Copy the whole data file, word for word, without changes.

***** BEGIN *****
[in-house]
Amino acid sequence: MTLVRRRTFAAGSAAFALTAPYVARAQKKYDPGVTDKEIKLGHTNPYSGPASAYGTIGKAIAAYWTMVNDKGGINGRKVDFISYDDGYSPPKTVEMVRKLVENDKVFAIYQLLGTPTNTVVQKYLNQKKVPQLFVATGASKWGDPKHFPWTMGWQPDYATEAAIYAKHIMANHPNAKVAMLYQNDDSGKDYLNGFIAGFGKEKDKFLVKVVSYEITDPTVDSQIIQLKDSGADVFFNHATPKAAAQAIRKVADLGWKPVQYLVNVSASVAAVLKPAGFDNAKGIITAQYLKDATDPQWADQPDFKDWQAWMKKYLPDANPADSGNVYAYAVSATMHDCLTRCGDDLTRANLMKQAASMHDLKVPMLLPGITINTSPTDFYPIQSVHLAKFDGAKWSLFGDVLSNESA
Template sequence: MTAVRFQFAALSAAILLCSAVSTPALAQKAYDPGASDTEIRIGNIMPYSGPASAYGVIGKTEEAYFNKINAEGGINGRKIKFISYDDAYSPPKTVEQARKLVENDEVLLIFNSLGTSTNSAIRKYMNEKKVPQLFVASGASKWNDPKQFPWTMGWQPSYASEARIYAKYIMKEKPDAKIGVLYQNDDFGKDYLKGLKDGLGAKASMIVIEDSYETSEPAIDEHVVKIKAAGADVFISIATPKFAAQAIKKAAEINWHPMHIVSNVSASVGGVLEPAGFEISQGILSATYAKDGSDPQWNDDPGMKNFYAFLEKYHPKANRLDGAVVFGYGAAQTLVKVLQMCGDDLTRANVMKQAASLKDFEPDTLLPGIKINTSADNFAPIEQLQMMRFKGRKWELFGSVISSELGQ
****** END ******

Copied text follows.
[in-house]
Amino acid sequence: MTLVRRRTFAAGSAAFALTAPYVARAQKKYDPGVTDKEIKLGHTNPYSGPASAYGTIGKAIAAYWTMVNDKGGINGRKVDFISYDDGYSPPKTVEMVRKLVENDKVFAIYQLLGTPTNTVVQKYLNQKKVPQLFVATGASKWGDPKHFPWTMGWQPDYATEAAIYAKHIMANHPNAKVAMLYQNDDSGKDYLNGFIAGFGKEKDKFLVKVVSYEITDPTVDSQIIQLKDSGADVFFNHATPKAAAQAIRKVADLGWKPVQYLVNVSASVAAVLKPAGFDNAKGIITAQYLKDATDPQWADQPDFKDWQAWMKKYLPDANPADSGNVYAYAVSATMHDCLTRCGDDLTRANLMKQAASMHDLKVPMLLPGITINTSPTDFYPIQSVHLAKFDGAKWSLFGDVLSNESA
Template sequence: MTAVRFQFAALSAAILLCSAVSTPALAQKAYDPGASDTEIRIGNIMPYSGPASAYGVIGKTEEAYFNKINAEGGINGRKIKFISYDDAYSPPKTVEQARKLVENDEVLLIFNSLGTSTNSAIRKYMNEKKVPQLFVASGASKWNDPKQFPWTMGWQPSYASEARIYAKYIMKEKPDAKIGVLYQNDDFGKDYLKGLKDGLGAKASMIVIEDSYETSEPAIDEHVVKIKAAGADVFISIATPKFAAQAIKKAAEINWHPMHIVSNVSASVGGVLEPAGFEISQGILSATYAKDGSDPQWNDDPGMKNFYAFLEKYHPKANRLDGAVVFGYGAAQTLVKVLQMCGDDLTRANVMKQAASLKDFEPDTLLPGIKINTSADNFAPIEQLQMMRFKGRKWELFGSVISSELGQ